Google+ to shut down after security bug affects 500K accounts

Yolanda Curtis
October 8, 2018

Google announced it would be shutting down the Google+ social network permanently, partly as a result of the bug.

Up to 438 apps may have used the offending Google+ People API, and the profiles of up to 500,000 Google+ accounts were potentially affected, according to Google.

Shares of Google's parent company, Alphabet Inc, were down 2.6% following the news.

It said, "To give people a full opportunity to transition, we will implement this wind-down over a 10-month period, slated for completion by the end of next August". Currently, Google+ has "low usage and engagement", according to Google, and 90 percent of user sessions last less than five seconds.

A Wall Street Journal report published at the same time with Google's blog post claimed the API bug was far worse, and might have leaked user data since 2015, being only discovered when Google engineers started prodding Google sites for privacy leaks in preparation for the EU GDPR deadline.

Users can grant access to their Profile data, and the public Profile information of their friends, to Google+ apps, via the API. "Given these challenges and the very low usage of the consumer version of Google+, we made a decision to sunset the consumer version of Google+".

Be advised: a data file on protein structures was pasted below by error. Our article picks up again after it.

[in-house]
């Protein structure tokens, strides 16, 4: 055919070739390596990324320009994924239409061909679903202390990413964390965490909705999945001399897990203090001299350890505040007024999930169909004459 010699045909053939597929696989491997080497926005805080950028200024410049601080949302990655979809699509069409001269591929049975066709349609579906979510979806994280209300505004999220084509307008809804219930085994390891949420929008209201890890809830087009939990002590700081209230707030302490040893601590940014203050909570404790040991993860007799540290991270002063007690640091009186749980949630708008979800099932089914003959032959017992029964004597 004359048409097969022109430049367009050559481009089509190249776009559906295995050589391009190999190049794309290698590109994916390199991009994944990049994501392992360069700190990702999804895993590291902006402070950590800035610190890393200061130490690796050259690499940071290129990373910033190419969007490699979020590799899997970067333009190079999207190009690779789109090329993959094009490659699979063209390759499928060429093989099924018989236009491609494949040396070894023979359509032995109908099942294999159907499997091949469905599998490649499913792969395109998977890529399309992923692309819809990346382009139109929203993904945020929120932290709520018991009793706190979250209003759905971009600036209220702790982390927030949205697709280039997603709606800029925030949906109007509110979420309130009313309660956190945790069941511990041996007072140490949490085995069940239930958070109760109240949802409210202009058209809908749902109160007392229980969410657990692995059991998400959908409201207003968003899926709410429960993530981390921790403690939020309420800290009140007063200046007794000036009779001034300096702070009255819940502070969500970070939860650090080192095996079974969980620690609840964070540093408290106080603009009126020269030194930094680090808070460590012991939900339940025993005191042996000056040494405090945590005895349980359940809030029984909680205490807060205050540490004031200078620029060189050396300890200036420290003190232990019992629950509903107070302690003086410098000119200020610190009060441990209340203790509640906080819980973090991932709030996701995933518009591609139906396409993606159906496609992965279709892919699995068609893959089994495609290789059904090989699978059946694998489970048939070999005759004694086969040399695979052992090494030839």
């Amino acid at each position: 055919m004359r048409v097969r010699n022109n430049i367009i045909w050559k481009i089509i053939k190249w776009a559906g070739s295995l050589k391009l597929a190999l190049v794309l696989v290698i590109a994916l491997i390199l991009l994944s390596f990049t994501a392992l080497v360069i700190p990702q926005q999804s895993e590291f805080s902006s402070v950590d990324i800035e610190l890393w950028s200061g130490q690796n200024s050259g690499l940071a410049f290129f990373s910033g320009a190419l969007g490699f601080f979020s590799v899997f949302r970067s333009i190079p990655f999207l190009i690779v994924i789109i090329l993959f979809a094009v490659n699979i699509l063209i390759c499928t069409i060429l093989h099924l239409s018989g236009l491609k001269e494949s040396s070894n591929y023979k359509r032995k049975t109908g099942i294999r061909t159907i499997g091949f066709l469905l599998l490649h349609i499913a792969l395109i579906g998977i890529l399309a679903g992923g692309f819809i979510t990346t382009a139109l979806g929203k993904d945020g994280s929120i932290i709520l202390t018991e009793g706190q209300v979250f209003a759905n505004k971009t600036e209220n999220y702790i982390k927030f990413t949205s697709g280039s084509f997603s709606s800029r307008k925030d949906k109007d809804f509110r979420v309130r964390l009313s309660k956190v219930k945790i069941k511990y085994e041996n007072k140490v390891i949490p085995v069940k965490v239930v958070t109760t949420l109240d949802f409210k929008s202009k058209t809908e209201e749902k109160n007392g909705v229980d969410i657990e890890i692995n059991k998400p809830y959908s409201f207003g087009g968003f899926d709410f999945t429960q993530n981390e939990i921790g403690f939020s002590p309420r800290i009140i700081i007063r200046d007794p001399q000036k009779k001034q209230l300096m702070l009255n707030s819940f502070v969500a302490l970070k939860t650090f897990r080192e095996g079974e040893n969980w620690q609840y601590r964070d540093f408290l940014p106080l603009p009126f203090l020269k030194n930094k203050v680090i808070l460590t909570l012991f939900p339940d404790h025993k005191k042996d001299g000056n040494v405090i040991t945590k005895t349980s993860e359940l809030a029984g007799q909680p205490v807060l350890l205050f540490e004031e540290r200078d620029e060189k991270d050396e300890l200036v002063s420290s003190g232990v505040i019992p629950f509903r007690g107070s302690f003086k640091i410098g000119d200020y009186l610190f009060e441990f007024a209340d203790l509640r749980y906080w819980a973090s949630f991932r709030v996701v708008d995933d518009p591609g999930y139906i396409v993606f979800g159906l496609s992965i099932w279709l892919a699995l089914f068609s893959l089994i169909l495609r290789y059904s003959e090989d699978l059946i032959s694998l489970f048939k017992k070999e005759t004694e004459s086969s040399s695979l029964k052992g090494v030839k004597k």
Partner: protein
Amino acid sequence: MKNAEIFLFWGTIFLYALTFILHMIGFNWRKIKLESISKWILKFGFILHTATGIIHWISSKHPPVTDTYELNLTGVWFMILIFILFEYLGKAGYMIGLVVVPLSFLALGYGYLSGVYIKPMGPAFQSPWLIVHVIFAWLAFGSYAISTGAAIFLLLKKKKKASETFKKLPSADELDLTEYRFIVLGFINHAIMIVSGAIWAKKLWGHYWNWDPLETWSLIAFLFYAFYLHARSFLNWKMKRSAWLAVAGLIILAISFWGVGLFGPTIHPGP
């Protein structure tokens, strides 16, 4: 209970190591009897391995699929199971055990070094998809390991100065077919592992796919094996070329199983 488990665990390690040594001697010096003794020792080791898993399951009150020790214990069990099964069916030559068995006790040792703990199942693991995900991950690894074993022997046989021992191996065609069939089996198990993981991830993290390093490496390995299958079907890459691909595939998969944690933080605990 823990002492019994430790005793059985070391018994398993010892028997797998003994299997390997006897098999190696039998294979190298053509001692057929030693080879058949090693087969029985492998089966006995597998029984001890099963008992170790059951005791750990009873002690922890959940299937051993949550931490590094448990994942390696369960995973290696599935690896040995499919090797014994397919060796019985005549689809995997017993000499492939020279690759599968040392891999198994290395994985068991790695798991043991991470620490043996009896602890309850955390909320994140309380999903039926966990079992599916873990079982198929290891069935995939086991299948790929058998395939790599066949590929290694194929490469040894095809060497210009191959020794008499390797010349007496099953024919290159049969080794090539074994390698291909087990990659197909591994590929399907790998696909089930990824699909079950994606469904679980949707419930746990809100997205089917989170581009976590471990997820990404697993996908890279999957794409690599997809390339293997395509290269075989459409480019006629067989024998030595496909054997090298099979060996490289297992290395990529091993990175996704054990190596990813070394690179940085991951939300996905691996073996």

Google said it had reviewed the issue, looking at the type of data involved, whether it could accurately identify the users to inform, whether there was any evidence of misuse, and whether there were any actions a developer or user could take. Exposed data included names, email addresses, birth dates, gender, profile photos, places lived, occupation and relationship status.

The review did highlight the significant challenges in creating and maintaining a successful Google+ that meets consumers' expectations. The office looks at what data was taken, what affected users need to be informed, if there was any evidence of data abuse, and whether or not users could effectively respond. The bug gave apps access to information on a person's Google+ profile that can be marked as private. By giving developers more explicit rules of the road, and helping users control your data, we can ensure that we keep doing just that.

That will include fresh limits around Android apps to access Call Log and SMS permissions, while the Android Contacts API will now no longer allow contact interaction data to be accessed.

The firm is also ending access to contact interaction data on Android devices.

What's more, Google says these apps will have to agree to new rules around handling Gmail data and will be subject to 'security assessments'.

As for consumers, Google is now promising new security rules and tools to avoid a similar goof again.

The announcement comes as public scrutiny has intensified around Silicon Valley tech giants' management of user data, among other issues.

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